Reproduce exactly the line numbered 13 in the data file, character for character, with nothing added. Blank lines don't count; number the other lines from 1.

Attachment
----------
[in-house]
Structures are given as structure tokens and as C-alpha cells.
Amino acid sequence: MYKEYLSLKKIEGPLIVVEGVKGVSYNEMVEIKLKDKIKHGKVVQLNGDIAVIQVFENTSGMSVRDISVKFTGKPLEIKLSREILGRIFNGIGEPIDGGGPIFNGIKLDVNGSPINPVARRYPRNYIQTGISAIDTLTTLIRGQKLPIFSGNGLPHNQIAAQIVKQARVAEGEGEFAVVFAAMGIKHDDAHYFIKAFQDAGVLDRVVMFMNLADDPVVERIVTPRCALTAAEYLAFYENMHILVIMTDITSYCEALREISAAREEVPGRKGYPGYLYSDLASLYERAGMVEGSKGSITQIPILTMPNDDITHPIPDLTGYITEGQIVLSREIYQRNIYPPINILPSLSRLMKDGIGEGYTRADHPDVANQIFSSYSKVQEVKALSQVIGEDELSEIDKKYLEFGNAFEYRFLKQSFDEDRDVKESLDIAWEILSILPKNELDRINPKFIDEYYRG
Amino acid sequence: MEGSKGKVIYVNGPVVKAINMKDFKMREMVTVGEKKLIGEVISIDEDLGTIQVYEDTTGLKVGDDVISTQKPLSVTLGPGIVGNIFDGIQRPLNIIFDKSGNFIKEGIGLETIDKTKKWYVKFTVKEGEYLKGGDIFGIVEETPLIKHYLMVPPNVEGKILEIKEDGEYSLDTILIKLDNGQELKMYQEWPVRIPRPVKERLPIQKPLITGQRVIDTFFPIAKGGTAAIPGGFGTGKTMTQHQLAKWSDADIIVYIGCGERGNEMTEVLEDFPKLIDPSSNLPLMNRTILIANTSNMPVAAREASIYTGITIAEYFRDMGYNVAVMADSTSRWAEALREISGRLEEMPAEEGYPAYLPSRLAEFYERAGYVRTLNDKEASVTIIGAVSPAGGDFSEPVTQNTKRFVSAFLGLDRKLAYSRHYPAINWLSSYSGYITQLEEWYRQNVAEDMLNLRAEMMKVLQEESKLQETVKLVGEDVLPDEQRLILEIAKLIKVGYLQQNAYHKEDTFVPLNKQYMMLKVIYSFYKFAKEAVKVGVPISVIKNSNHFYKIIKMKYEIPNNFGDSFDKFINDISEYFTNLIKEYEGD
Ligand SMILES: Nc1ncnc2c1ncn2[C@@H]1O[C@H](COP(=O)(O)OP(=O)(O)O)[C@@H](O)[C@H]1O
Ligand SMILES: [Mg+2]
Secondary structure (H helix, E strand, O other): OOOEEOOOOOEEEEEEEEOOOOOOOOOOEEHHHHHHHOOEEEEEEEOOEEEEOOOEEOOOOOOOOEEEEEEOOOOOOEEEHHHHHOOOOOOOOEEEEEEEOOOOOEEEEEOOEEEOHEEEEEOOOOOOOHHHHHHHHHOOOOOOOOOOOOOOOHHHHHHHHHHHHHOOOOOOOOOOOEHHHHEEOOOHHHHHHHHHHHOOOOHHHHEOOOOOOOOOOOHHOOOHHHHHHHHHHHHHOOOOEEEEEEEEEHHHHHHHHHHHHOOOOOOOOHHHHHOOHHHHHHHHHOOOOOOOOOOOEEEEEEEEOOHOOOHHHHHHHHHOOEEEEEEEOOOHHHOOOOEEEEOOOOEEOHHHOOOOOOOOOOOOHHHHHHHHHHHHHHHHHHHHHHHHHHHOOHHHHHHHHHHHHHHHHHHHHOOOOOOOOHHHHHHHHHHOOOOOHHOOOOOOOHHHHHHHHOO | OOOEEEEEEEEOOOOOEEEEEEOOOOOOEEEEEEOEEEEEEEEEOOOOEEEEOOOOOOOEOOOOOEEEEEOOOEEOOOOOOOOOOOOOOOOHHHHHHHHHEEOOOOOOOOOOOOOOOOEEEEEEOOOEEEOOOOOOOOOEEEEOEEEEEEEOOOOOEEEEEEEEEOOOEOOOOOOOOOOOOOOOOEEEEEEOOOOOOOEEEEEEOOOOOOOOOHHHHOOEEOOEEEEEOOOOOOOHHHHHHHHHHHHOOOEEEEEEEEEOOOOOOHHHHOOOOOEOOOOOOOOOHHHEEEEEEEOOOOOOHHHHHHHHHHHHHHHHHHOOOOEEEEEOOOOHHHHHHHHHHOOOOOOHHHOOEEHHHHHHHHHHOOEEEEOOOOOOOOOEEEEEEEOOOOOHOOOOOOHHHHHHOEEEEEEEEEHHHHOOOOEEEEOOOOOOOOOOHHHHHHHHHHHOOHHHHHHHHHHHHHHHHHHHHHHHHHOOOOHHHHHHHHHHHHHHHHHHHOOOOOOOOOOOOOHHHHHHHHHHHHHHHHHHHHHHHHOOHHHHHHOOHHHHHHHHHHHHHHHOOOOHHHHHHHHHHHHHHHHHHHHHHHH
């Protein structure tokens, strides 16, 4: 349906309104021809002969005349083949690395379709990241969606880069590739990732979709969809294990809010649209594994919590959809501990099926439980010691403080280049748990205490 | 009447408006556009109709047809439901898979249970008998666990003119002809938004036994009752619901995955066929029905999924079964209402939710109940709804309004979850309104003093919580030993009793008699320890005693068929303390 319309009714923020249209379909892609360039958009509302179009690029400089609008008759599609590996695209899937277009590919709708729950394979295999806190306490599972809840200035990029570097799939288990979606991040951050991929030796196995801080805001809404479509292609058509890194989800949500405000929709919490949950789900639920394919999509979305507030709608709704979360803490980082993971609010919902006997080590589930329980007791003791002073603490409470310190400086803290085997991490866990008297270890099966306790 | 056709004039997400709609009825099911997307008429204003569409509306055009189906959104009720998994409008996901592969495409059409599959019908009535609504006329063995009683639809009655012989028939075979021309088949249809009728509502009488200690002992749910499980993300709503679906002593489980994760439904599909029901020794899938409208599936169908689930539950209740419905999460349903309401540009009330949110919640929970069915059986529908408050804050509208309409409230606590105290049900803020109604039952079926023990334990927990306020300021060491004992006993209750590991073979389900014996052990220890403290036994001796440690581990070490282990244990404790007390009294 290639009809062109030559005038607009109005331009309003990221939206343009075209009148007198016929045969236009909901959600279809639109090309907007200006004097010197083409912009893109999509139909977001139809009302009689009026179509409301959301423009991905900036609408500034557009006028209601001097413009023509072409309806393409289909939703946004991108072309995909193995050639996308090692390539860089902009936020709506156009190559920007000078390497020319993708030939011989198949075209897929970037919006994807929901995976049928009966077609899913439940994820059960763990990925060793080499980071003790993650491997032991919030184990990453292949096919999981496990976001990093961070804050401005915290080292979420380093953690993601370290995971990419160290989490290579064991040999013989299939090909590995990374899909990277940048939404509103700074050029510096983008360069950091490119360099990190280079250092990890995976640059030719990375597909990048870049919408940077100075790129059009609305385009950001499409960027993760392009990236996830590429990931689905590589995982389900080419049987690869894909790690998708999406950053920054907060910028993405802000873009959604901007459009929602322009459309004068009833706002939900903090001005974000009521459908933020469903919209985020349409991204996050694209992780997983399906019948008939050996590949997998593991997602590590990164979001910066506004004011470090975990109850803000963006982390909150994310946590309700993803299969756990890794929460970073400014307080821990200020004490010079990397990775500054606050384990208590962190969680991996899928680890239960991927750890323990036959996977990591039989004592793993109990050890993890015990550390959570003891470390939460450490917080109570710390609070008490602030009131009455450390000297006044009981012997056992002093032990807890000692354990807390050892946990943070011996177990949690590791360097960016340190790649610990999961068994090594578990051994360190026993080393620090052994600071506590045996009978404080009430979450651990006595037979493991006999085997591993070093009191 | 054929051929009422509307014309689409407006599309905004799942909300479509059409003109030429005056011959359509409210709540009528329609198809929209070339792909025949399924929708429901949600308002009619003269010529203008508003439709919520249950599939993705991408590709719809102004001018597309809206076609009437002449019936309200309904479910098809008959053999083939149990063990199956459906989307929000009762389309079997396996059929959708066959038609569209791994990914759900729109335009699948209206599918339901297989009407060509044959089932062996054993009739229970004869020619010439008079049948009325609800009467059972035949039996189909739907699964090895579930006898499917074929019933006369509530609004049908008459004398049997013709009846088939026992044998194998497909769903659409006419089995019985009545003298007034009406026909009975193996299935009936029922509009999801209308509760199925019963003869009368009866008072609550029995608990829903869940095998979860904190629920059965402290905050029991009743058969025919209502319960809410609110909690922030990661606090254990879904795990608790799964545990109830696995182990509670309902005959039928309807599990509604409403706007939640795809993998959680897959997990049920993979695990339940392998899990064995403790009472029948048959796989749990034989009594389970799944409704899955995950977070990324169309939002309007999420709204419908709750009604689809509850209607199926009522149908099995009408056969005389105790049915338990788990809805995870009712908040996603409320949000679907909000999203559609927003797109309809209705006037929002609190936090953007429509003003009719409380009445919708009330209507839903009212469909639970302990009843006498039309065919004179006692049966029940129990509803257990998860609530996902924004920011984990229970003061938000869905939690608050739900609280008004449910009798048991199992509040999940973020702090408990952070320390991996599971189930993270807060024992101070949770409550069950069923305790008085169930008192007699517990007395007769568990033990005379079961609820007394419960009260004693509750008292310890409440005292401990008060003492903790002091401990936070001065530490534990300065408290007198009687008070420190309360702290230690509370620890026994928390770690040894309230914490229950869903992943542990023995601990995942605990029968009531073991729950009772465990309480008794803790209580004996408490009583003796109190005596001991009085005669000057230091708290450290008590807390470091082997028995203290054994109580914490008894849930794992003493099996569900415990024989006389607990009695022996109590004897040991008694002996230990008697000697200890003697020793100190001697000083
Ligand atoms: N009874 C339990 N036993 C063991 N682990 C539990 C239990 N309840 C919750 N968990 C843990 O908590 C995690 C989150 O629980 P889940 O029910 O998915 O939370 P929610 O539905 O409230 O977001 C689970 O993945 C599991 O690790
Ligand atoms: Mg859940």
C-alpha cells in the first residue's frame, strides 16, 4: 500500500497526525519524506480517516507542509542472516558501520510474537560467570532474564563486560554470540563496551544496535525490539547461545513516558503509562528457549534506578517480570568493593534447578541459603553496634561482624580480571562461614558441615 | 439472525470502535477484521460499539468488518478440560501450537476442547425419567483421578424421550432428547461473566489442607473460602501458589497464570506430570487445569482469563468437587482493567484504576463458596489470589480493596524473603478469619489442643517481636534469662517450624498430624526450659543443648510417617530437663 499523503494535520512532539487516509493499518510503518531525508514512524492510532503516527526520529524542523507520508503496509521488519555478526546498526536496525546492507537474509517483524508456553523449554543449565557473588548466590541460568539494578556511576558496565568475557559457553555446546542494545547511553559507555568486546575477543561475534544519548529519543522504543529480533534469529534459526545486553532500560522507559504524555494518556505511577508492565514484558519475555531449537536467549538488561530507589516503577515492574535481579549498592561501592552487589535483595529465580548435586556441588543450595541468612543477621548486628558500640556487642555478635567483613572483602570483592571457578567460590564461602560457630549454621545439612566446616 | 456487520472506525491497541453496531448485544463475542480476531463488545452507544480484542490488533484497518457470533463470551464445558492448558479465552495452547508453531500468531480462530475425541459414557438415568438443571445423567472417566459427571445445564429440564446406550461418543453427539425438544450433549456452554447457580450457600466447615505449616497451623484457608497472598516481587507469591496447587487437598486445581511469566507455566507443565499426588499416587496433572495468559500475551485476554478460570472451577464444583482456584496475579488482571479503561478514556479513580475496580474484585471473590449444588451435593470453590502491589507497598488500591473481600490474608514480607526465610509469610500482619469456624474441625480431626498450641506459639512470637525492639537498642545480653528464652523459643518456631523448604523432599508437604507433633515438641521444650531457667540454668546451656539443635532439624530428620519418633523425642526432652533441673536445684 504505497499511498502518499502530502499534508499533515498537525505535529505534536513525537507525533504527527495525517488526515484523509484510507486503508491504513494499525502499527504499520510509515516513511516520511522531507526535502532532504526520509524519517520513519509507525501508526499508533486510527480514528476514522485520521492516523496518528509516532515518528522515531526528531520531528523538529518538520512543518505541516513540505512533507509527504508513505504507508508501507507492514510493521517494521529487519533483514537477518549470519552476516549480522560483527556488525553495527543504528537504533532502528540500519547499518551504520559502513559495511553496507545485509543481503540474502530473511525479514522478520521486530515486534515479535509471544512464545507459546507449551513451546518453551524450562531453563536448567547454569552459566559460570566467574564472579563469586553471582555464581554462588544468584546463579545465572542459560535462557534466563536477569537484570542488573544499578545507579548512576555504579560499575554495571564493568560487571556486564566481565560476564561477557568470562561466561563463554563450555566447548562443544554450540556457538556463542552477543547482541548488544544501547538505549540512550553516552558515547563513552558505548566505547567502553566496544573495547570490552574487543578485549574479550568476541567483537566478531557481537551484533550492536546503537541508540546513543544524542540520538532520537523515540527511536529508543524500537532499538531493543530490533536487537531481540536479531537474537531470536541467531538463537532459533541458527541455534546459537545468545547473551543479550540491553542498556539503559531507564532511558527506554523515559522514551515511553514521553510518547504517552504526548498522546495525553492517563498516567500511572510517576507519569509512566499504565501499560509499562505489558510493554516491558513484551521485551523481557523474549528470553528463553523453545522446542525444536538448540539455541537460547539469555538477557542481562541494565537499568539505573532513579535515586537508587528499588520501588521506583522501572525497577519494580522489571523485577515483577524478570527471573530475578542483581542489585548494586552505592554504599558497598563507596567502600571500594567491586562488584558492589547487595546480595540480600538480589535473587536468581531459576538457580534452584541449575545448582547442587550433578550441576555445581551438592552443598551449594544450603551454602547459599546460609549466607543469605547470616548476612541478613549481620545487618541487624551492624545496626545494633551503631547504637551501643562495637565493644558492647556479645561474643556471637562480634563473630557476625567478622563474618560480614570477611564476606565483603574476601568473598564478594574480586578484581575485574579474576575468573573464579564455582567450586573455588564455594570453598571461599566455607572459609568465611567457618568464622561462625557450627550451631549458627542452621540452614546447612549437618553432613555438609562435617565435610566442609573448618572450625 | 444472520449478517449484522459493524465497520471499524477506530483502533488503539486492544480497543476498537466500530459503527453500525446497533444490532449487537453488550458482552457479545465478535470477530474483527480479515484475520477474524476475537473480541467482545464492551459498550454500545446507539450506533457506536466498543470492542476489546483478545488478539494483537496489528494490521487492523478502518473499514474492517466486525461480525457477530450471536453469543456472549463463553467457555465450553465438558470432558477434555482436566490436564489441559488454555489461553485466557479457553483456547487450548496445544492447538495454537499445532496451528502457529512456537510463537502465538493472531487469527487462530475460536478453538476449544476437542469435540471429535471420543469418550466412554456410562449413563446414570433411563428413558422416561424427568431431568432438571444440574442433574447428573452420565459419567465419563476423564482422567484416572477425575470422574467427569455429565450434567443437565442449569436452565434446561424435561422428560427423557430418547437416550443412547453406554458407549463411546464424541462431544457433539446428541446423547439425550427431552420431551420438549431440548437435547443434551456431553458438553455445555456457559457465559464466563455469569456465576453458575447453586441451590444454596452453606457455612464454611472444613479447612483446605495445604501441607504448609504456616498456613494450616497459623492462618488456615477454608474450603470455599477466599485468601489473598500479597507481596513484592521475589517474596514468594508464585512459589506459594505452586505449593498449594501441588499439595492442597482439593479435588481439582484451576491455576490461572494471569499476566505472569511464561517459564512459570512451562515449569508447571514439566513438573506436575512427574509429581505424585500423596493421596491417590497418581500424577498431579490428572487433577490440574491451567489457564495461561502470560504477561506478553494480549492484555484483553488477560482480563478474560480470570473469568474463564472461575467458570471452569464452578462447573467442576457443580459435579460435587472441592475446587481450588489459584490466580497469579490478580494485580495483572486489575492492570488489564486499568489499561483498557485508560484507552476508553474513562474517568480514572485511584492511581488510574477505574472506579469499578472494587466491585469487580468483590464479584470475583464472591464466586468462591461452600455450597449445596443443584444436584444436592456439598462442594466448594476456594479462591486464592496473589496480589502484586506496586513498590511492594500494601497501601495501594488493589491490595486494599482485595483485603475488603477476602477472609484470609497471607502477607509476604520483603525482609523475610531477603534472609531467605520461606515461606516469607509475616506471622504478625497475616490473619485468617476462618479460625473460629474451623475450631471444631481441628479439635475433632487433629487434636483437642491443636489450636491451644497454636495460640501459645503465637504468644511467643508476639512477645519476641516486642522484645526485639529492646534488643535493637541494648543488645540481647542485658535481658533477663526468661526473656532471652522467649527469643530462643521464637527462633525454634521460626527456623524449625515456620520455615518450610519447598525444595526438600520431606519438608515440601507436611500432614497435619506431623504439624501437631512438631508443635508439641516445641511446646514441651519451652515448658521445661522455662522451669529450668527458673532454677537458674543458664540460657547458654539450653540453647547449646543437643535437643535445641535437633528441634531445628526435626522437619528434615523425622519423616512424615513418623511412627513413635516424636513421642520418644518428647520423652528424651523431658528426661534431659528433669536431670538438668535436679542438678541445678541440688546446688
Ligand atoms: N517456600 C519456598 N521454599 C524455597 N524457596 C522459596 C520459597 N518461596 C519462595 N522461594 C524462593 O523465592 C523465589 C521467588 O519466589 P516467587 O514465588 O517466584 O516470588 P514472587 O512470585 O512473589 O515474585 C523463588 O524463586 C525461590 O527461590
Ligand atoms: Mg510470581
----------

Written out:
Ligand atoms: Mg510470581